This week has been another positive one for markets despite persistent weakness in available data and caution from policy makers across the globe. The beginnings of an easing of COVID-19 restrictions in the US and Europe; hope over treatments; and a continued broad stabilisation in the global case count are all playing their part.
Domestically, the RBA remains resolute in their support for the Australian economy. At their May meeting, the board confirmed “it will do whatever is necessary to ensure bond markets remain functional and to achieve the yield target for three year AGS”. Further, that target for the three year AGS rate will remain in place until “progress is being made towards the goals for full employment and inflation”. As highlighted by Chief Economist Bill Evans, with a spot target of 4.5% for the unemployment rate and ‘comfortably within the 2–3% target band’ for inflation, the Board clearly has a long journey ahead. While the RBA has been able to reduce asset purchases of late as markets calmed, at their May meeting, the board emphasised their capacity to do more if necessary by adding corporate bonds to the list of eligible assets for repurchase agreements.
Following the May meeting, today the RBA released their full view on the implications of COVID-19 for our economy as well as the risks in the May Statement on Monetary Policy. Their baseline view is that GDP will contract by 6.0% in 2020 then rebound by the same percentage in 2021. The legacy of this crisis will be long lasting, with the unemployment rate still seen around 7.5% at end-2021 having peaked near 10% in mid-2020. Westpac’s own forecasts are broadly in line with those of the RBA. For a full review of our views and how they relate to the RBA’s expectations as well as key partial data out this week on retail sales and employment, see Chief Economist Bill Evan’s latest video update.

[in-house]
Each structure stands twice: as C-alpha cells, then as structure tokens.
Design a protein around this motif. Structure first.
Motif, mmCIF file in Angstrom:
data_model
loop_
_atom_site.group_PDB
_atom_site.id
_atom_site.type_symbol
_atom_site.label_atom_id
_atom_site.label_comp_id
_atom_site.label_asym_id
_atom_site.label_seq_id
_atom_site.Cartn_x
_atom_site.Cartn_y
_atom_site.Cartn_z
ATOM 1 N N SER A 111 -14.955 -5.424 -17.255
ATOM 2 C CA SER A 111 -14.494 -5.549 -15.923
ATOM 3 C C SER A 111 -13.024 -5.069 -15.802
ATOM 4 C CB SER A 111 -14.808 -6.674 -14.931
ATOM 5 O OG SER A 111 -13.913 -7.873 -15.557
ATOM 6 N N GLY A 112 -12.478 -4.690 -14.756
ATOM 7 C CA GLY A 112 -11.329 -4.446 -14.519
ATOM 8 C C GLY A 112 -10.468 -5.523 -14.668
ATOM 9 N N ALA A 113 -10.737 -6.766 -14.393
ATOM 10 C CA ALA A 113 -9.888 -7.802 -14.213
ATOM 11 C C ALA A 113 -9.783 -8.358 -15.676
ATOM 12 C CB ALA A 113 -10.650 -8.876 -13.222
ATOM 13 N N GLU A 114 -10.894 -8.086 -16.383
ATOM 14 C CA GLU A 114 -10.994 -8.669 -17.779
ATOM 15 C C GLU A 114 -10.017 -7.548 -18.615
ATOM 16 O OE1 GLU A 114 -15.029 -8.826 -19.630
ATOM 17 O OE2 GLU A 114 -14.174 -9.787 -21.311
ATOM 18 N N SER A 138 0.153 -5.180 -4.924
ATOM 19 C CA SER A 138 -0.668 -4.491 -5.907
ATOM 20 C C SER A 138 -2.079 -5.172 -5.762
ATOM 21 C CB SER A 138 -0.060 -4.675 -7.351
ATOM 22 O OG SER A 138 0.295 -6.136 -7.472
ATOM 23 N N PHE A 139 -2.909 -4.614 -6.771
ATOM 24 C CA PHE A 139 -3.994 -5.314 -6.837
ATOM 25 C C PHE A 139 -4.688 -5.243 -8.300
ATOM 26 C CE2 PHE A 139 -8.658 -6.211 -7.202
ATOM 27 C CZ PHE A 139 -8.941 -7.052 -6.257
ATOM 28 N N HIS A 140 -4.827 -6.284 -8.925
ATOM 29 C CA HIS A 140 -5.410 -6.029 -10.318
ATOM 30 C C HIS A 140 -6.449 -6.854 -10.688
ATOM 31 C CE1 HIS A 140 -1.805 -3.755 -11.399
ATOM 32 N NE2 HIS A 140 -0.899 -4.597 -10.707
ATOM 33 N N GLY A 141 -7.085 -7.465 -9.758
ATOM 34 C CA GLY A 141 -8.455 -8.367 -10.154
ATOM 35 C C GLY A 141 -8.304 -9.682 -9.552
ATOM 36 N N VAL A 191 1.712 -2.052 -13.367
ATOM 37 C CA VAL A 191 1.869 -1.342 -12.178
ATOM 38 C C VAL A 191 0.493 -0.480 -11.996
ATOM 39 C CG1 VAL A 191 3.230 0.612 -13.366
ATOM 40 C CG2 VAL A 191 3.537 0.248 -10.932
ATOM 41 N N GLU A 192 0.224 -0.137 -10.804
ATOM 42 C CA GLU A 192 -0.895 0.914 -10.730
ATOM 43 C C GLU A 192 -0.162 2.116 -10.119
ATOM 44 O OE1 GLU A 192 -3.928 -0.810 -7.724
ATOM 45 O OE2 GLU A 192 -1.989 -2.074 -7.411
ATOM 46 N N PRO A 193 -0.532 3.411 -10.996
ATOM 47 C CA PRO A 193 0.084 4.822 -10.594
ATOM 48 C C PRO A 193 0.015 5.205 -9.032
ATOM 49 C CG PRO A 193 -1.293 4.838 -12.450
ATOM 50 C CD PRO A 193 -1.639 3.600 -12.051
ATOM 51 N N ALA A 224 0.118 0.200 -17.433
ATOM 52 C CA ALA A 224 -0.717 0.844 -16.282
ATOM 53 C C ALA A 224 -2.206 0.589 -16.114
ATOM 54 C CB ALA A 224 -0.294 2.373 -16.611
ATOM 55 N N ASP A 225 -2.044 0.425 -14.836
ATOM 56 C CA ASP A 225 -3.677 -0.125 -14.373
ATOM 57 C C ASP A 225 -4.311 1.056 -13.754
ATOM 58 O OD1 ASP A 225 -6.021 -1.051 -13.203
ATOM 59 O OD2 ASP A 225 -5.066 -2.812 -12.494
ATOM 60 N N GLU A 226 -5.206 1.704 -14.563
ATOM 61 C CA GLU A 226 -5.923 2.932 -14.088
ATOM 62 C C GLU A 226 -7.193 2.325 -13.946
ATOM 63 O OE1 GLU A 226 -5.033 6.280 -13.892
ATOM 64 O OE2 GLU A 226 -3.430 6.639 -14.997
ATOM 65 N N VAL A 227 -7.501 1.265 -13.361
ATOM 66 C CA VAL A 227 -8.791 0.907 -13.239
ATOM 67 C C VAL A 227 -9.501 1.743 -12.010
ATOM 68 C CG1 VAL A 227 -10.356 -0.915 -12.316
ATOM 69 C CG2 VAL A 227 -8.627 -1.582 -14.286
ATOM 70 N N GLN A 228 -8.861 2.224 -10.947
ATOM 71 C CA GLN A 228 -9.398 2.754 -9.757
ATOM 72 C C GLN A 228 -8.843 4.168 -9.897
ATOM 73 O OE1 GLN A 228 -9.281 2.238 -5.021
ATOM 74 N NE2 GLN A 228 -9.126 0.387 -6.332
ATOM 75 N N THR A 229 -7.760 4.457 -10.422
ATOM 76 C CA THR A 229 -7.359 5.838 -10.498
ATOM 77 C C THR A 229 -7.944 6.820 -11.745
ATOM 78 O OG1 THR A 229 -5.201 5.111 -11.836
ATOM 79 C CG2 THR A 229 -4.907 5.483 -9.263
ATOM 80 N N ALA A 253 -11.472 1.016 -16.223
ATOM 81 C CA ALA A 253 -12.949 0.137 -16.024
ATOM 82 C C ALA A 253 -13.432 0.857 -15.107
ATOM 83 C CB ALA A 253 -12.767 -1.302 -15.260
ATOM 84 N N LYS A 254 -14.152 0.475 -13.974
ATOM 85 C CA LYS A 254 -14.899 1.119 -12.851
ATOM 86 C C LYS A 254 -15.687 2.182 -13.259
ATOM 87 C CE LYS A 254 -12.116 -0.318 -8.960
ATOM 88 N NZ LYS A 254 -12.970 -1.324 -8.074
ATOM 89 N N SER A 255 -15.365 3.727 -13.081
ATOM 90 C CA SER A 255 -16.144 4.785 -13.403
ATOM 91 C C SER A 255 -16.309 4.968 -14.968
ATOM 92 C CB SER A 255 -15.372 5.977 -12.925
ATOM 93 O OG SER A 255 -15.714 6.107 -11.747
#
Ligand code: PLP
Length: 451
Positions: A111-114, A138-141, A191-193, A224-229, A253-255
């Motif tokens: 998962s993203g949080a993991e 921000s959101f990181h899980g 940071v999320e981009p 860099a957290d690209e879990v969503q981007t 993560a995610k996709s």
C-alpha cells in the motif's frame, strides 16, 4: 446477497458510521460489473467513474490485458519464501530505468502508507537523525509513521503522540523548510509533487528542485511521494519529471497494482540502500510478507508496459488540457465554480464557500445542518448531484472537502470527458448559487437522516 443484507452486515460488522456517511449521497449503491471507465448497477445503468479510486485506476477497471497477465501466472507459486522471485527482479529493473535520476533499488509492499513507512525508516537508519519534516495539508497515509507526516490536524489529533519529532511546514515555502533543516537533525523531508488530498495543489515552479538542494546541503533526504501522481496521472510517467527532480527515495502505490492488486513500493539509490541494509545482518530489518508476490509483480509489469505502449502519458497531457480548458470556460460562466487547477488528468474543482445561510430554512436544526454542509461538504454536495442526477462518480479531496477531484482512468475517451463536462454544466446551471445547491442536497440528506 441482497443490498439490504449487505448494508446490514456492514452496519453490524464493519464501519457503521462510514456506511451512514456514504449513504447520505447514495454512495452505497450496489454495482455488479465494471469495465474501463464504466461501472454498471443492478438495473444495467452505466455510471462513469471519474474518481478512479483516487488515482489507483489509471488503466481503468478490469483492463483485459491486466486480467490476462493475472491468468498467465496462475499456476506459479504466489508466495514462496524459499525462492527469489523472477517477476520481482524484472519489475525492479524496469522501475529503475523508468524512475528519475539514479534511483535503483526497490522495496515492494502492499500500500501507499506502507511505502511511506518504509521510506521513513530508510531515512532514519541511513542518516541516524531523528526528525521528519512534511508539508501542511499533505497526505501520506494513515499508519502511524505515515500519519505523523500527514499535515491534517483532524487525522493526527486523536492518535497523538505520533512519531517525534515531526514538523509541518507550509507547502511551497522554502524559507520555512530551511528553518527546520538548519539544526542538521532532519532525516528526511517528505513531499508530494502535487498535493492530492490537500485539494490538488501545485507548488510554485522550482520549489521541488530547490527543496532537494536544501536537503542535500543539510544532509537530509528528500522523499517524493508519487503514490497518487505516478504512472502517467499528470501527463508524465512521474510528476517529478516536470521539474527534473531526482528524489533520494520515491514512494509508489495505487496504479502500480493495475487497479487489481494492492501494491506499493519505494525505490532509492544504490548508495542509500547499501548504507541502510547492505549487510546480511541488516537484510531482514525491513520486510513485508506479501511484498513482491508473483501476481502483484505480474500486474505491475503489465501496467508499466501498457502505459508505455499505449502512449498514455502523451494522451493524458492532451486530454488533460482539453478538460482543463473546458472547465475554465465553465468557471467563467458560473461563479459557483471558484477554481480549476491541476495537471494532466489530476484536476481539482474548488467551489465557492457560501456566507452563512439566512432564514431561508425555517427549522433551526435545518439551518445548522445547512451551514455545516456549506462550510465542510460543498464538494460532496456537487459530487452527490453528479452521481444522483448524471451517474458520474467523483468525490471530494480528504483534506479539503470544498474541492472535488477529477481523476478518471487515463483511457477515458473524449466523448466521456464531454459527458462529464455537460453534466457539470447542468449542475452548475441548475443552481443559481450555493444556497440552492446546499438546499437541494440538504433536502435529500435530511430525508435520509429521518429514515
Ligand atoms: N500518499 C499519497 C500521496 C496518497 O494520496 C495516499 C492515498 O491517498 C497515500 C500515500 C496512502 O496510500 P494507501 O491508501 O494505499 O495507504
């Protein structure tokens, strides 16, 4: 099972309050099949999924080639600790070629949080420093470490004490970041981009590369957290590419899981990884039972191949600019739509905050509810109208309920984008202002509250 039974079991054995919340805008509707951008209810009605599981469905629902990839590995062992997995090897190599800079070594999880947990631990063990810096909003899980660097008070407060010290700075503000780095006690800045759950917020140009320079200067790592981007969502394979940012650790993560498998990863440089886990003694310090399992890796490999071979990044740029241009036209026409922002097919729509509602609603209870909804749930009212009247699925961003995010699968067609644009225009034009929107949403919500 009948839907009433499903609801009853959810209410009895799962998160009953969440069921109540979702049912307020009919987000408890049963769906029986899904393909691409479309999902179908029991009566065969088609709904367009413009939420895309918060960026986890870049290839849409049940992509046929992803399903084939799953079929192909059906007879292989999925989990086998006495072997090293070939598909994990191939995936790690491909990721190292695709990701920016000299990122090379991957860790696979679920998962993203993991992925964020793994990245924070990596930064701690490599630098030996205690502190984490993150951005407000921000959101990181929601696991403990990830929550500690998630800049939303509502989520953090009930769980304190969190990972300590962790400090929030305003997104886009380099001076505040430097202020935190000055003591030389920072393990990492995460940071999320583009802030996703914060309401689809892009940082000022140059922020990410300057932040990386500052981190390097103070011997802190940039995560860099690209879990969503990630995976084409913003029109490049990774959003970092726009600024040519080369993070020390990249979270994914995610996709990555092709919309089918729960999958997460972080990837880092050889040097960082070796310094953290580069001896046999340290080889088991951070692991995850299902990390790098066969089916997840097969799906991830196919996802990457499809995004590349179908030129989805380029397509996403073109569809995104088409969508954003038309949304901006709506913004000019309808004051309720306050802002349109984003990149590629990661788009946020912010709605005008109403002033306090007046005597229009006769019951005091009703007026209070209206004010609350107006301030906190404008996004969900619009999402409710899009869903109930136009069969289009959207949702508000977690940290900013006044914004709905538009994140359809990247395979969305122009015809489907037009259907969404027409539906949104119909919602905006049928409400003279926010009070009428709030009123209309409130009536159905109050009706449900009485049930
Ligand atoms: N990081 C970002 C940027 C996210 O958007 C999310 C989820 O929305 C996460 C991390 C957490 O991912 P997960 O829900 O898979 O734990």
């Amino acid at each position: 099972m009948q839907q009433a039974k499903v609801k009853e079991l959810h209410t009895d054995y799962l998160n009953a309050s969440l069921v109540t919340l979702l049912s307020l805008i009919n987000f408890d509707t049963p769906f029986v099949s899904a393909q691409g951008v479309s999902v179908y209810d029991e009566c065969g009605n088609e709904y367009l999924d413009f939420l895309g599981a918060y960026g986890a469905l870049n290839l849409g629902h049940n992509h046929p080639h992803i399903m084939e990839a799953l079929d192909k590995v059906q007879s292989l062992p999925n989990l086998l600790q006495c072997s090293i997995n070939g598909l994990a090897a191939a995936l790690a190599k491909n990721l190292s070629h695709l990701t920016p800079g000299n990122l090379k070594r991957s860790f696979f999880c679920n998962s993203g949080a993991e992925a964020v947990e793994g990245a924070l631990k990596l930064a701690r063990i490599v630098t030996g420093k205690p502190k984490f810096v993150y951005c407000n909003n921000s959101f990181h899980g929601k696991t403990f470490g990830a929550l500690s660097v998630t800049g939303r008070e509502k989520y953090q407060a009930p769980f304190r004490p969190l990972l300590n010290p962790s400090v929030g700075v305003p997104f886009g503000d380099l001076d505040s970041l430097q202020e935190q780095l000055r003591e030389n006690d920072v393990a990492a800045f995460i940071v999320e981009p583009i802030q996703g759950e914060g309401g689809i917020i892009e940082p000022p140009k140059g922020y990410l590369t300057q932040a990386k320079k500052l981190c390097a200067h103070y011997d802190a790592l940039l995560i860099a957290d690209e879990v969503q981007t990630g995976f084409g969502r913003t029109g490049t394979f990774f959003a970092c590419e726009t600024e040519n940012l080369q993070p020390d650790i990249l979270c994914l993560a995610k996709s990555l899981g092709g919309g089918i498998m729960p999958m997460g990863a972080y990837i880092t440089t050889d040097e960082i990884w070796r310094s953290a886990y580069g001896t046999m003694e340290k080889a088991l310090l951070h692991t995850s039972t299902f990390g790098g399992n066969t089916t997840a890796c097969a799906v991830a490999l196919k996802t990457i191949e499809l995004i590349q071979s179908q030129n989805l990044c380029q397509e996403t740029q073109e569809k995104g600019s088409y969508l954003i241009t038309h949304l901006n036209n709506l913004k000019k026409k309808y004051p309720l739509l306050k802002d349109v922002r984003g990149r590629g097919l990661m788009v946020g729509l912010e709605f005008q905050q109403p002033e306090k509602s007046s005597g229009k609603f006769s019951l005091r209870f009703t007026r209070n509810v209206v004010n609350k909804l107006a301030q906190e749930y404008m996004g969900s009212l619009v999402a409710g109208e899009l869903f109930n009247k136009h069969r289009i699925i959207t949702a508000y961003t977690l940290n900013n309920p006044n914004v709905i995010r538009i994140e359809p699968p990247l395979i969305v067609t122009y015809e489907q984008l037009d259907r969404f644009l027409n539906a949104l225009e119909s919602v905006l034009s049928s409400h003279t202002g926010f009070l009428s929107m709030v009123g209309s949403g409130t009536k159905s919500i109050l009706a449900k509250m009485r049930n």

Going offshore, while sentiment remains robust, evidence of the economic cost of COVID-19 continues to mount. The tension between sentiment and economic reality is at its extreme in the US where another 3 million workers filed for initial jobless claims last week. That takes the total number of claimants to some 33 million. While we expect the US unemployment rate to jump to around 17% at April (the April employment report is due tonight), the continued rapid increase in claims since the April survey period points to an even more concerning reality come May and June – an US unemployment rate in excess of 20%. The broader implications of this situation are discussed at length in our latest Market Outlook publication. In short, this dramatic surge in unemployment, which will only slowly unwind, is why we believe the US’ recovery will lag our own. There will be a consequence for the US dollar come 2021 of this economic reality, with a moderate downtrend seen from end-2020.
As is also detailed in Market Outlook, a stabilisation and nascent recovery in Europe on a similar trajectory to the US should see the Euro move higher in 2021 as risk aversion abates. Asia should prosper to a greater degree, having already shown a capacity to hold the virus at bay while getting its productive capacity back to work in recent months. China continues to lead Asia’s recovery by a considerable margin.